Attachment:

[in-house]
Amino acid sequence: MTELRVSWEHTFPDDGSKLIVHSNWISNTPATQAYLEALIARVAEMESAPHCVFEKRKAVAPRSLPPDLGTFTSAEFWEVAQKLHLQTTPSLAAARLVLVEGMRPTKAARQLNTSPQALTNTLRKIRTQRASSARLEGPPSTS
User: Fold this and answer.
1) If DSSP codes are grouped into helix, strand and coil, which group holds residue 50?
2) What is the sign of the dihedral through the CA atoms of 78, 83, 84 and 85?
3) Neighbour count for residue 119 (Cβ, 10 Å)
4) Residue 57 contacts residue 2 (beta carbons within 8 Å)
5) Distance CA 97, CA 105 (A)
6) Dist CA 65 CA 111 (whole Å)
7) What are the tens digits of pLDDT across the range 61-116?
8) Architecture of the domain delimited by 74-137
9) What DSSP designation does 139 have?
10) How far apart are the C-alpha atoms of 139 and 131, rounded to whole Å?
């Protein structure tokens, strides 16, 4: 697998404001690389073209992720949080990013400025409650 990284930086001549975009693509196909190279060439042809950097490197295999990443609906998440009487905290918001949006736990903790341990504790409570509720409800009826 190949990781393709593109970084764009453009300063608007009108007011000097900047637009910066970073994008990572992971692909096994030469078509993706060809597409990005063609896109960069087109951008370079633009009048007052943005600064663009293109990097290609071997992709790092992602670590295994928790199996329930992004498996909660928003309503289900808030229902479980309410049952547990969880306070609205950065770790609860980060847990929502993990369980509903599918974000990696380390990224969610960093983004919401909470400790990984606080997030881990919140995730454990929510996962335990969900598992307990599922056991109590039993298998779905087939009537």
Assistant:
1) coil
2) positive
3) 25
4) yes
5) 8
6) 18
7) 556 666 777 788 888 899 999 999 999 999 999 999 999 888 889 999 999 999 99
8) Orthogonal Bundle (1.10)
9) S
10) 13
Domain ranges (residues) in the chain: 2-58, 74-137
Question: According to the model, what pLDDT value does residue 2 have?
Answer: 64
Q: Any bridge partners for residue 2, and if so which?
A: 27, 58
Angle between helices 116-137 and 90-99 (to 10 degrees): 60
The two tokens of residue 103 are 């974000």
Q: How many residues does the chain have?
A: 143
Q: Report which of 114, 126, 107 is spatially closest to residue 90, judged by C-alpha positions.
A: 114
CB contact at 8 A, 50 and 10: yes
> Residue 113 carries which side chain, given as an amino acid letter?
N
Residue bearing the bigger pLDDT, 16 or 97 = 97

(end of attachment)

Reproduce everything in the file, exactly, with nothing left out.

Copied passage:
[in-house]
Amino acid sequence: MTELRVSWEHTFPDDGSKLIVHSNWISNTPATQAYLEALIARVAEMESAPHCVFEKRKAVAPRSLPPDLGTFTSAEFWEVAQKLHLQTTPSLAAARLVLVEGMRPTKAARQLNTSPQALTNTLRKIRTQRASSARLEGPPSTS
User: Fold this and answer.
1) If DSSP codes are grouped into helix, strand and coil, which group holds residue 50?
2) What is the sign of the dihedral through the CA atoms of 78, 83, 84 and 85?
3) Neighbour count for residue 119 (Cβ, 10 Å)
4) Residue 57 contacts residue 2 (beta carbons within 8 Å)
5) Distance CA 97, CA 105 (A)
6) Dist CA 65 CA 111 (whole Å)
7) What are the tens digits of pLDDT across the range 61-116?
8) Architecture of the domain delimited by 74-137
9) What DSSP designation does 139 have?
10) How far apart are the C-alpha atoms of 139 and 131, rounded to whole Å?
């Protein structure tokens, strides 16, 4: 697998404001690389073209992720949080990013400025409650 990284930086001549975009693509196909190279060439042809950097490197295999990443609906998440009487905290918001949006736990903790341990504790409570509720409800009826 190949990781393709593109970084764009453009300063608007009108007011000097900047637009910066970073994008990572992971692909096994030469078509993706060809597409990005063609896109960069087109951008370079633009009048007052943005600064663009293109990097290609071997992709790092992602670590295994928790199996329930992004498996909660928003309503289900808030229902479980309410049952547990969880306070609205950065770790609860980060847990929502993990369980509903599918974000990696380390990224969610960093983004919401909470400790990984606080997030881990919140995730454990929510996962335990969900598992307990599922056991109590039993298998779905087939009537």
Assistant:
1) coil
2) positive
3) 25
4) yes
5) 8
6) 18
7) 556 666 777 788 888 899 999 999 999 999 999 999 999 888 889 999 999 999 99
8) Orthogonal Bundle (1.10)
9) S
10) 13
Domain ranges (residues) in the chain: 2-58, 74-137
Question: According to the model, what pLDDT value does residue 2 have?
Answer: 64
Q: Any bridge partners for residue 2, and if so which?
A: 27, 58
Angle between helices 116-137 and 90-99 (to 10 degrees): 60
The two tokens of residue 103 are 């974000």
Q: How many residues does the chain have?
A: 143
Q: Report which of 114, 126, 107 is spatially closest to residue 90, judged by C-alpha positions.
A: 114
CB contact at 8 A, 50 and 10: yes
> Residue 113 carries which side chain, given as an amino acid letter?
N
Residue bearing the bigger pLDDT, 16 or 97 = 97